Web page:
Tag Archives: customer service

How To Approach Your Social Media Strategy in 2014?

Year 2014 will be turbulent for both brands and agencies working with social media channels. Because of the recent IPO´s (Twitter, Facebook, etc.), the previous rebels have started to resemble more established media houses. It is a double-edged sword. Many agencies are not as stressed out as the social media ecosystem is more predictable (and none of the innovation labs is making money anyway). On the other hand, the activities have been and increasingly will be quite dull and unimaginative.

Beginning of the year is the time to think your social media strategy. For majority of the brands, year 2014 should be year of revolution instead of just evolution:

1.Facebook is the channel for reach.
Majority of your social media paid media investments should happen in Facebook to maximize the reach. In terms of sheer amount of users, it is dominant. However, the recent developments have been really worrying for brand (and other) pages as well. Certain pages have seen dips as low as 88% in organic reach. Even Facebook itself is not talking anymore about free organic reach, but instead brand pages as a way to increase the reach of the paid media. This is natural advancement and should not surprise everyone familiar with market economy. So I believe that Facebook will get bigger media share in 2014, but actually less focus in terms of engagement. I would invest more in those terms with Twitter (customer service, real-time marketing) and to visual platforms (content creation).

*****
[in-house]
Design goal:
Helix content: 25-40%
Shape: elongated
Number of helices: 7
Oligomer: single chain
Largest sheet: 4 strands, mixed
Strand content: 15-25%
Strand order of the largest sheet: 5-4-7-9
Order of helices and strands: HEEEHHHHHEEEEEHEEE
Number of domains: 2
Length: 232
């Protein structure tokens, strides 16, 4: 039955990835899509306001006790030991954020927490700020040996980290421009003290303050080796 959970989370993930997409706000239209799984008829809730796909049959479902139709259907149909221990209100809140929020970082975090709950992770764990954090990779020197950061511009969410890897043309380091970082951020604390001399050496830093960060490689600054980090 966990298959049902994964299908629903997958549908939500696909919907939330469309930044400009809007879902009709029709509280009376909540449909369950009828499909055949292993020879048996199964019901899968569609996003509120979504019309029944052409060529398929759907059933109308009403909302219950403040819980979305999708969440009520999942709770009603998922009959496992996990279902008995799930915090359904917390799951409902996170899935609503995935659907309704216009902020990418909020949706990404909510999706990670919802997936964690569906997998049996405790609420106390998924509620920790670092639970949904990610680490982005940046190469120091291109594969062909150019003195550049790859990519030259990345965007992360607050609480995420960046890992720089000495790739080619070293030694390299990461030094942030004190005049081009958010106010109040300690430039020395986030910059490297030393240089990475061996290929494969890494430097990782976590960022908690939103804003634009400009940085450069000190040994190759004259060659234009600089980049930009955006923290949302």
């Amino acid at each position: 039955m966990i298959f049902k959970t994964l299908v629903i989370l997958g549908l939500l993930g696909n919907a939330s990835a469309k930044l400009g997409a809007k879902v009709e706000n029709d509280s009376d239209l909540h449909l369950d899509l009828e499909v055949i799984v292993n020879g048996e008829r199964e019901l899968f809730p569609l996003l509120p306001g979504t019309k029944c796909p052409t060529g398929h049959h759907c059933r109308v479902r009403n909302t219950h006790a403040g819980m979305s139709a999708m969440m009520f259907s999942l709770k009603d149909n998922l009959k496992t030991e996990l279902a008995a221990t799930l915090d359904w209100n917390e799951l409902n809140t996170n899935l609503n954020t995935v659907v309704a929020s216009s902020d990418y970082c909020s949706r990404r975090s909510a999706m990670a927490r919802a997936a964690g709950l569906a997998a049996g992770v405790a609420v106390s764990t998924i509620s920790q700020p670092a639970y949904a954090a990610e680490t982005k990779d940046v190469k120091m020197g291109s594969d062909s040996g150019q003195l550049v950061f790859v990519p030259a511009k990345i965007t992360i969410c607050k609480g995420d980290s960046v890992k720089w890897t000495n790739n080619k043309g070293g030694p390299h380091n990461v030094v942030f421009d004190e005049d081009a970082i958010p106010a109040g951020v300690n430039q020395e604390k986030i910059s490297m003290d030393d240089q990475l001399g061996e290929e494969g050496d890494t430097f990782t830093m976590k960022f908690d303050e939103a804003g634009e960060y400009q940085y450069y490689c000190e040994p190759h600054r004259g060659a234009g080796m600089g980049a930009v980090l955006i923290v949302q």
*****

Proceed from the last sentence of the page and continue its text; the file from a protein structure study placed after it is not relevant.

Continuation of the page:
2.Use Twitter as the channel for real-time and customer service.
I am not saying that every brand should necessarily be in Twitter, but if you want to jump on the real-time marketing bandwagon, Twitter is the place to be. I have a love-hate relationship with Twitter throughout the years, but despite all the shortcomings the service has proven its worth. It does certain things really well (like customer service), and provides more natural ways to engage with audience than Facebook. Here is example of random interaction with Warby Parker, after I shared their innovative annual report:
Warby Parker Tweet

3.Invest heavily on visual social media channels.
Whereas online media money is going to Facebook, I would concentrate majority of the production and engagement investments to visual social platforms. No one has time to read text anymore, unless you are able to condense it to 140 characters or say it in photo.
Online video has been the fastest growing online ad format for couple of years. Naturally the pre-roll is the TVC of the new generation, but creation of good content provides great reach & engagement opportunities for brands. Video is a great tool for customer service as well:

Besides video, the photos are naturally huge and I expect the short-form video content to rise rapidly (Instagram video, Vine). Especially tutorials are naturally fit to for shorter video content (Check: #lowesfixinsix).
Many companies should actually rethink their community manager talent pool. In 2014 if you cannot take great photo or shoot a great video, you should not probably be community manager.  Social media used to be more verbal, but now it is increasingly more visual.

4. Embrace the renaissance of anonymous randomness.